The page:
Blood on the Fields


Andy Gilbert
July 10, 1997 11:00PM (UTC)

The always-ambitious Wynton Marsalis has spent much of this decade experimenting with long-form compositions, building on the orchestral innovations of jazz's two past masters of the craft, Duke Ellington and Charles Mingus. His latest album, "Blood on the Fields" -- the work for which he recently became the first jazz composer to be awarded a Pulitzer Prize for music -- is a triumphant jazz symphony that finds transcendence in the brutal story of American slavery through love and community.

Conceived as a series of sung dialogues, "Blood on the Fields" opens with a sad and weary Ellingtonian trumpet fanfare that soon breaks down into a dissonant brass cacophony. The Lincoln Center Jazz Orchestra sets the mood as quickly shifting rhythms evoke adrenaline-drenched confusion, resistance and flight. Transforming the orchestra into a Greek chorus, Marsalis gradually loosens his composer's grip, allowing his players more solo space to advance the story.

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The almost three-hour work unfolds on three CDs, tracing the odyssey of Jesse, an African prince, and Leona, a commoner, from the Middle Passage and sale into slavery to their eventual liberation through spiritual resistance and recognized kinship. Marsalis composed, arranged and wrote the libretto for "Blood on the Fields" and brilliantly cast his protagonists with Cassandra Wilson as Leona, Miles Griffith as Jesse and the legendary Jon Hendricks playing multiple roles. Wilson in particular infuses Marsalis' words with a sense of unspeakable longing, as when, in one of the work's poetic epiphanies, she sings to Jesse, "I hold out my hand/To comfort your wounds/And give without want/The sweetness of life."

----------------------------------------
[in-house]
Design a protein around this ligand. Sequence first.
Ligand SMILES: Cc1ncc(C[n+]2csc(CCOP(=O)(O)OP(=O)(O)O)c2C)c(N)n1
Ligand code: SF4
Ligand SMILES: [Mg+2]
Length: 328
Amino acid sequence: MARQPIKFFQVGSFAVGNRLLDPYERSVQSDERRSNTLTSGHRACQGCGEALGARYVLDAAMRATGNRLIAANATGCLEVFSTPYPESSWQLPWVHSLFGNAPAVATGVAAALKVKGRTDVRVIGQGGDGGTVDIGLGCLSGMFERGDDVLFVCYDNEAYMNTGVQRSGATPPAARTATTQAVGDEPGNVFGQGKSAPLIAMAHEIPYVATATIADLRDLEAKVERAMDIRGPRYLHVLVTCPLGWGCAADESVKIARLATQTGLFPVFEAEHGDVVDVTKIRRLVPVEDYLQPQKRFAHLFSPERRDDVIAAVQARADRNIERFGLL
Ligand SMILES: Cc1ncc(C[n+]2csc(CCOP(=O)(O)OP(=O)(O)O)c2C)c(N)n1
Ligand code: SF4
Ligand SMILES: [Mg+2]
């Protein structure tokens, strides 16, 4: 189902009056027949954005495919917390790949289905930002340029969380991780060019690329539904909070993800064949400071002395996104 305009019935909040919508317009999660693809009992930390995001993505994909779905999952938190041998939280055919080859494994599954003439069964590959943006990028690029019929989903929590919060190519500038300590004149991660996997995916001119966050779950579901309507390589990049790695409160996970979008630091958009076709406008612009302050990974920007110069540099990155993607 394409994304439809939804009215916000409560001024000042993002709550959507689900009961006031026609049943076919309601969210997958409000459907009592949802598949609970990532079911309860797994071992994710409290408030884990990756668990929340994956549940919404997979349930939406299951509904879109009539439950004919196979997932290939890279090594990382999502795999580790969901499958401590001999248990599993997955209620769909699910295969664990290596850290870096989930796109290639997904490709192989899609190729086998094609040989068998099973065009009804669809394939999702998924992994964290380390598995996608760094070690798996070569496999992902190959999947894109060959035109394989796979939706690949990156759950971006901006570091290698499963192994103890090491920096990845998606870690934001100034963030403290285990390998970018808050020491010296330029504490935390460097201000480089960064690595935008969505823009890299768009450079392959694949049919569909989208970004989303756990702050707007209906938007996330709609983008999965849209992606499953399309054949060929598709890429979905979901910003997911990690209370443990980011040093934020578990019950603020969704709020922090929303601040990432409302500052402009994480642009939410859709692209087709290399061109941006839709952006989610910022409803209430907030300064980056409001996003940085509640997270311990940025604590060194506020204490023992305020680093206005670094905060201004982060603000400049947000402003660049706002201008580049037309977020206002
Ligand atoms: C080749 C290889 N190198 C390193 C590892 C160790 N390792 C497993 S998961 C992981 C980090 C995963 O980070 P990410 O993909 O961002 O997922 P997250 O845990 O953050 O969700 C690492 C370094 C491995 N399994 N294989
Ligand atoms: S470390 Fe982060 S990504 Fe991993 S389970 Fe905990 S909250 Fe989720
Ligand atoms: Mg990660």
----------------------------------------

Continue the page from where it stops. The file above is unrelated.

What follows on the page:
Much of the work's success depends upon the flexibility of the rhythm section -- the exceptional, church-schooled pianist Eric Reed, bassist Reginald Veal and Crescent City drummer Herlin Riley -- which moves through different moods with complete authority. Marsalis draws upon the entire history of jazz and African-American music in "Blood on the Fields," from field hollers, spirituals, blues and call-and-response to bristling dissonances, Afro-Caribbean rhythms, modal jazz and Ellingtonian brass voicings. Marsalis' radical (and historical) innovation is the freedom with which he combines and juxtaposes musical styles and devices to advance his narrative and provoke emotional responses.

Marsalis' developing musical vision is liberating precisely because it's so expansive and generous. The essence of African-American music, often misperceived in the blues as sadness and depression, is really much more about celebration and, in Stanley Crouch's definition of soul, "the willingness to address adversity with elegance." With "Blood on the Fields," Marsalis has created an epic work infused with soul, one that with its exploration of love and identity is as much about America today as it is about the antebellum South.


Andy Gilbert

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